Elmagri, MI 2014, The causal factors of interpersonal conflict in the Libyan cement industry , PhD thesis, University of Salford.
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Organisations are becoming more complex and diverse in responding to globalisation and to internal and external changes, and this complexity makes them more vulnerable to different types of organisational conflict. One study stated that Libyan Cement Companies have suffered and are still suffering from the phenomenon of conflict either between individuals, groups, departments, or organisations and needed to be studied in depth. Therefore, this study aims to develop a framework for the causal factors of interpersonal conflict (IPC) in the Libyan Cement Industry (LCI), in order to improve the interpersonal conflict management in this industry, by providing recommendations to the LCI administration for their reduction. The scope of the research lies in the field of social sciences; the reality (results) of the study is constructed differently by participants as they hold different beliefs, behaviours and attitudes. Consequently, interpretivism is the most appropriate research philosophy. The logic of this research is theory building rather than theory testing; therefore the study falls under inductive logic and adopts a qualitative approach. The main research strategy is multiple embedded case studies of the two organisations of the Libyan Cement Industry. The findings were obtained from 48 semi-structured interviews that were conducted with the managers and the employees in different manufactories of the LCI, and then triangulation with other sources such as documentation and direct observation to enhance the validity and reliability of the research results. The data is analysed by using thematic analysis via coding the data, categorising the codes into themes and summarising the findings at various stages. The results of the study show that IPC is at a high level in the LCI and the causal factors of this kind of conflict were found to be due to: individual differences factors; behavioural factors; organisational factors; financial factors; and external environmental factors. Through comparing the results of the field study with what is found in the literature of the factors causing IPC, some factors that cause IPC in the Libyan environment have not yet been mentioned in previous studies; such as: contradictions between the organisation’s policy and the state’s laws; mismanagement; and tribal fanaticism. These unique factors that appeared in the Libyan environment are represented as the main contributions to knowledge for the study. In addition, the findings of this research strengthen the existing literature on IPC and its causal factors and reduce the gap in knowledge applying to Libyan studies, and will help the Libyan Cement Industry to manage IPC in an appropriate way. The findings would also be helpful for many managers, and could be used in many empirical studies on IPC and its management.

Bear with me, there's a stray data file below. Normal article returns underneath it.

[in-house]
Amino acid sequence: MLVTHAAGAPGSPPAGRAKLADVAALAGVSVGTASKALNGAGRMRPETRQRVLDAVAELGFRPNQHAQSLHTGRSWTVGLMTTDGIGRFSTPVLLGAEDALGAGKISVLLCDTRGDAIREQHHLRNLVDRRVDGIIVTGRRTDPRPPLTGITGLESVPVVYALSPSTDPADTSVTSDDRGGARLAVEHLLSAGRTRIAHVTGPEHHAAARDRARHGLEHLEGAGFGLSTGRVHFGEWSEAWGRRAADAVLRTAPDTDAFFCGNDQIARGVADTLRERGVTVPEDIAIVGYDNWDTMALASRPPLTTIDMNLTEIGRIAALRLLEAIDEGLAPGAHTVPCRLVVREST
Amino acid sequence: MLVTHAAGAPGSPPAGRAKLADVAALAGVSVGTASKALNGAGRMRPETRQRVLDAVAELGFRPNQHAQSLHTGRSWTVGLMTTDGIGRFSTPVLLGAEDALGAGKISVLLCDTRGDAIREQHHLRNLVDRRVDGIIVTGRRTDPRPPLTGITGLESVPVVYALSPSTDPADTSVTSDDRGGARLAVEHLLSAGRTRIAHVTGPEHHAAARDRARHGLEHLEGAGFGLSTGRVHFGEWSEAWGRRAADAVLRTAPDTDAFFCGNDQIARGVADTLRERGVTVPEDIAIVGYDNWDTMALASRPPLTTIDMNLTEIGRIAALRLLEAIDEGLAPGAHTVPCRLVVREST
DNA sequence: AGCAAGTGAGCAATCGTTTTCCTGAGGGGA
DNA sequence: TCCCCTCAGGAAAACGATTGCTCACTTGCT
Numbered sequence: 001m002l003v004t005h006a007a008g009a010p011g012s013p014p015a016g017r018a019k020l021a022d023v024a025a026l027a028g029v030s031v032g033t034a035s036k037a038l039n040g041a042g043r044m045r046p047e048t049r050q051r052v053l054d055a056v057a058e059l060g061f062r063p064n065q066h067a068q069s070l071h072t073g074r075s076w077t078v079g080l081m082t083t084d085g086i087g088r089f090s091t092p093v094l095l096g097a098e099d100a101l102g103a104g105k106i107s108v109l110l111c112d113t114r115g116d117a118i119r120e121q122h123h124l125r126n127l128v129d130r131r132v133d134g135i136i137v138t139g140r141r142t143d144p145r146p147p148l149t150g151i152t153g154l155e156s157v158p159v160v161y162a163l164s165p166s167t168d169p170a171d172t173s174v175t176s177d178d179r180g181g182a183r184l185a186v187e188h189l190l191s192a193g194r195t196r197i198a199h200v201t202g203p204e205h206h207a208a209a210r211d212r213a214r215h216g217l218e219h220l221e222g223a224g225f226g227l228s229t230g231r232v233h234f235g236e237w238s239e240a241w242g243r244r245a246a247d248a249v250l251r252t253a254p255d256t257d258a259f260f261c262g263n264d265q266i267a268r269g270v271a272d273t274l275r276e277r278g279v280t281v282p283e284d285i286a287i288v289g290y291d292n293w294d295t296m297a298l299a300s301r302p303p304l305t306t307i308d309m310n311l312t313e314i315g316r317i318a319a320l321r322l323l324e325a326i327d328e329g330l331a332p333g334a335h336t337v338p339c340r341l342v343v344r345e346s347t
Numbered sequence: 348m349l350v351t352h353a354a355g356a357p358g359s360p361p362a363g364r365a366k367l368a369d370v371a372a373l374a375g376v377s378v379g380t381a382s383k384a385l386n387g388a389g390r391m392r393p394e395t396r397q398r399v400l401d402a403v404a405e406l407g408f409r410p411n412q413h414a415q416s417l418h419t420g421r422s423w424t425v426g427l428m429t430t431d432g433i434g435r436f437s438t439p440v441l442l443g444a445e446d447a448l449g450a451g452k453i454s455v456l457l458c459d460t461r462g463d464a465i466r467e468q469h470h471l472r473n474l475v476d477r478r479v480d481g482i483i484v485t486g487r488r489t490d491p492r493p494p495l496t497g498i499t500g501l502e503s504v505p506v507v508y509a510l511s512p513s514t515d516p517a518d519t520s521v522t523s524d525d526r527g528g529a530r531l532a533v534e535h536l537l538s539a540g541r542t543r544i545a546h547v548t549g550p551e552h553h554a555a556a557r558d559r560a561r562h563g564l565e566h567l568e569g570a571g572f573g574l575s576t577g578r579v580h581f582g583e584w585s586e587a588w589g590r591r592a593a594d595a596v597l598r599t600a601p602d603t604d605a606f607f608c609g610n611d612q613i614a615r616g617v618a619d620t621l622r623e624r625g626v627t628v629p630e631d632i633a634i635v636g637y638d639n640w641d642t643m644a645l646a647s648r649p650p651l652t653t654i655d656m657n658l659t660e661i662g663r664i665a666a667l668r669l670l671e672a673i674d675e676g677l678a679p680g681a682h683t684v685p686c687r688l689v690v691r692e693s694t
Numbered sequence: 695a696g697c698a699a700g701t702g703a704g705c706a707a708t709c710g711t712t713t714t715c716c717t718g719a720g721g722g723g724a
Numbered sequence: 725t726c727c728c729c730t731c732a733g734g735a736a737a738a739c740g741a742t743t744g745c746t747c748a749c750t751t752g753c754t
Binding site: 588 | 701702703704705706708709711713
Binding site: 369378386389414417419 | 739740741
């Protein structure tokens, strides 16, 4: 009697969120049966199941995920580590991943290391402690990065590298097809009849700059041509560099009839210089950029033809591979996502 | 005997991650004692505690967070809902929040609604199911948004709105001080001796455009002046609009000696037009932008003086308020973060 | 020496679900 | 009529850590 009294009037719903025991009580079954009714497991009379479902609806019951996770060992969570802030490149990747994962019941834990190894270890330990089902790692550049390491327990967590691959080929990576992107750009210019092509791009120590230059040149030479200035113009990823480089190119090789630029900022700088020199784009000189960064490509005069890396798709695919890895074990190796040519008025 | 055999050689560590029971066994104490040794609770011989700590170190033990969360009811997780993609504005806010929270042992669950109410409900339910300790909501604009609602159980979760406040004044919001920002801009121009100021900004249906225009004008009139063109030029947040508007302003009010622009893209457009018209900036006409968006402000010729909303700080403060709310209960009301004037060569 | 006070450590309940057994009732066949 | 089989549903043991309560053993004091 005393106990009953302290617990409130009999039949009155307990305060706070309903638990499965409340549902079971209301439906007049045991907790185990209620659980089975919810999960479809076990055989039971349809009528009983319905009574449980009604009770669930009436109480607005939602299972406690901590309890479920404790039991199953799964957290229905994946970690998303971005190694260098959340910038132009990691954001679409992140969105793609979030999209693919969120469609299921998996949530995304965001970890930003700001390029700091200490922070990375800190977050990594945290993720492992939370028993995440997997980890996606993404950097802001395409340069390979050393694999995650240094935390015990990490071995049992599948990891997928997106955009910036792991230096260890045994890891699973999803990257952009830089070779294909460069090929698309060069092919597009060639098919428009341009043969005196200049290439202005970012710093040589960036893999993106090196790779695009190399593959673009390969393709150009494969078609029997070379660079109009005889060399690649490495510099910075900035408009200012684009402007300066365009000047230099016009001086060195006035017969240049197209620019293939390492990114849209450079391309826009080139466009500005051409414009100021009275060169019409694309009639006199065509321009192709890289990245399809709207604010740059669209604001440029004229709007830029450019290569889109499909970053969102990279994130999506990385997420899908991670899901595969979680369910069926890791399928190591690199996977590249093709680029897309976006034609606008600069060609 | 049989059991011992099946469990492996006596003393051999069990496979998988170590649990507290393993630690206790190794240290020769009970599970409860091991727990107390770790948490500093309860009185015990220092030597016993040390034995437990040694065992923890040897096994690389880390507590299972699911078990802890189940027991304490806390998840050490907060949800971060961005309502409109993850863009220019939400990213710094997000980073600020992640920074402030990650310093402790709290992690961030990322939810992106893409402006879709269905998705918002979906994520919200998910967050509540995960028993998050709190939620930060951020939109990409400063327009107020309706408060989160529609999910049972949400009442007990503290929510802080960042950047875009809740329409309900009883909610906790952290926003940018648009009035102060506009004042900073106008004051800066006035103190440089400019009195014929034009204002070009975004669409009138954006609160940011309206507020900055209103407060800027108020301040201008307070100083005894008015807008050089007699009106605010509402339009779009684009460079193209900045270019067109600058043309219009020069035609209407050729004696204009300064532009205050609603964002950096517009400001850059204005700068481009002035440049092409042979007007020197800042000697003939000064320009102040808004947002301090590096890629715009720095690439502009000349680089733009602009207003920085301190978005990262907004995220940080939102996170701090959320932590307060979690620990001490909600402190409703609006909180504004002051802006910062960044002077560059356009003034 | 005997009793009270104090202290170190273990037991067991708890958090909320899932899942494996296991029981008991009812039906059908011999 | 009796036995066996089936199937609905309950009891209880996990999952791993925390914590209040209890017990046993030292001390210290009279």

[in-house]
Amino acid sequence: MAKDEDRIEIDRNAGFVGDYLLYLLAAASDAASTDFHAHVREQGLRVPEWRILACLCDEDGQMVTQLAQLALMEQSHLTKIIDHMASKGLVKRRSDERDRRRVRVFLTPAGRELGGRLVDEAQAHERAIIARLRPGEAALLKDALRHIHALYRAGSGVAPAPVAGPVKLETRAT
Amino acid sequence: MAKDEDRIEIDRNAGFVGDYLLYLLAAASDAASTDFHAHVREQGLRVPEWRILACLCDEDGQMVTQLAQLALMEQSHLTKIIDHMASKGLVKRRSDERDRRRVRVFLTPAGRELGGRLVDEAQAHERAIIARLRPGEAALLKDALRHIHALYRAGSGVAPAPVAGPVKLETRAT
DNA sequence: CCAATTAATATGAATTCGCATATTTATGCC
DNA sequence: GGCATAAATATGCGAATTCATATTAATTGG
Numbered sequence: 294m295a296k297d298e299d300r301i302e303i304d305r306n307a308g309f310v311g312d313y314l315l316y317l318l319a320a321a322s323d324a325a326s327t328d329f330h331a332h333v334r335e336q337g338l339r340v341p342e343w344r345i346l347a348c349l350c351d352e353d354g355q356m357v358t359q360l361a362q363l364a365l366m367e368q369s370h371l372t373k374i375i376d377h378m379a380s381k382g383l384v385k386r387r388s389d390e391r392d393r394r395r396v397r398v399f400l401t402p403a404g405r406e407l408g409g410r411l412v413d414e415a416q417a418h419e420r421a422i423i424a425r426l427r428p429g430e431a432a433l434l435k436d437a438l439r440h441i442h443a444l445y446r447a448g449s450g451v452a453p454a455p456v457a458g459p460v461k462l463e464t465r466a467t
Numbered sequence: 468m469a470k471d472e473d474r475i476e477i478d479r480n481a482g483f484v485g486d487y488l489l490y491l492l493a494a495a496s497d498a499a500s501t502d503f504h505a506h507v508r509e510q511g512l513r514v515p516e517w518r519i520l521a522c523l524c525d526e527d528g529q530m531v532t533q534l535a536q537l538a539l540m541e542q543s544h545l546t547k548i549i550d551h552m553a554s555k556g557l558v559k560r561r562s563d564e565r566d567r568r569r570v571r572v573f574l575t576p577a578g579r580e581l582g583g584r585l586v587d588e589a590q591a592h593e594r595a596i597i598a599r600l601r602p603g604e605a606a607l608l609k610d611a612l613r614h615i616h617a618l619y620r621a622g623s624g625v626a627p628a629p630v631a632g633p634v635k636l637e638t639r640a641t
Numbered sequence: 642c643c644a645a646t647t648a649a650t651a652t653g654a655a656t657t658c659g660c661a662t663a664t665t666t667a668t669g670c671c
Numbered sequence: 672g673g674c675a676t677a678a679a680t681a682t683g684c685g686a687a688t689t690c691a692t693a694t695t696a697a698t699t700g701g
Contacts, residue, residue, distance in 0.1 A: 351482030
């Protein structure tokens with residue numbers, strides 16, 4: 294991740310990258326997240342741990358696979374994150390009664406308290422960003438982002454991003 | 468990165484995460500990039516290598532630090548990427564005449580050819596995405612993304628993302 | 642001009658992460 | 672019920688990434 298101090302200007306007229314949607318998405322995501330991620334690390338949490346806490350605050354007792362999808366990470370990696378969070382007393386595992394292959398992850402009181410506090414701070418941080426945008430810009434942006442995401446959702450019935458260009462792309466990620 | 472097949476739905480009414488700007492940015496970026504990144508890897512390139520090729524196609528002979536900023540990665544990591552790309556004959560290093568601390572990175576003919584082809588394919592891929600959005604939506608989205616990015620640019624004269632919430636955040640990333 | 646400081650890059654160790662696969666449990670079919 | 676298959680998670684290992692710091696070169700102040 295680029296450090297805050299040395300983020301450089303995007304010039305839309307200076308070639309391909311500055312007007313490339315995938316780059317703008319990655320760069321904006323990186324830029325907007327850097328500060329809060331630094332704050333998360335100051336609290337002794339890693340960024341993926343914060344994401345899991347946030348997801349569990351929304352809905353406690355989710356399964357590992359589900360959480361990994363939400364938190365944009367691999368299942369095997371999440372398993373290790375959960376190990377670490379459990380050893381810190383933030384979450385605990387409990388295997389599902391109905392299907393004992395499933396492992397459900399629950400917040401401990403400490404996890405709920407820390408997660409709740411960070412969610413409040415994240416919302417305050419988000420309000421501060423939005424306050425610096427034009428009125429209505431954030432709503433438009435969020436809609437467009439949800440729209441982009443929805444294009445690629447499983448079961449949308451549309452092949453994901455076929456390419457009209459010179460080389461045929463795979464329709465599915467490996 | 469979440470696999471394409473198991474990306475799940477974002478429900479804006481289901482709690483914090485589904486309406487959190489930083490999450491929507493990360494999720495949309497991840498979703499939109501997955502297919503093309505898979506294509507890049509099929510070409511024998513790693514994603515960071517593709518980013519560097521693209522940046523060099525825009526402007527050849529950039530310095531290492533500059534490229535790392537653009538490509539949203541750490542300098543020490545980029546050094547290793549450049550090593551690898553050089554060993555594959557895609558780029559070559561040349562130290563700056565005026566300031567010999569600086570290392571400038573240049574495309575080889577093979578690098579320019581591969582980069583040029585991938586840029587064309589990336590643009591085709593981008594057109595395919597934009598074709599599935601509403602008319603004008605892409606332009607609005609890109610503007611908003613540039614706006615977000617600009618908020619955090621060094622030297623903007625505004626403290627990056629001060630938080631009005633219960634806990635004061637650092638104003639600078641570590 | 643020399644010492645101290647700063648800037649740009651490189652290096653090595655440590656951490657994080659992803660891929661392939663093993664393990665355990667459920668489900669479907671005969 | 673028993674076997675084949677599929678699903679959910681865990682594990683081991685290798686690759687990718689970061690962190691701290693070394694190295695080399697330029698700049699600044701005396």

|Item Type:||Thesis (PhD)|
|Additional Information:||Management and Organisational Behaviour|
|Uncontrolled Keywords:||Interpersonal conflict, organisational conflict, conflict management, the Libyan Cement Industry, Management and Organisational Behaviour|
|Themes:||Built and Human Environment|
|Schools:||Schools > School of the Built Environment
Schools > No Research Centre
|Funders:||The Libyan Ministry of Higher Education|
|Depositing User:||MI Elmagri|
|Date Deposited:||16 Apr 2014 13:38|
|Last Modified:||30 Nov 2015 23:53|
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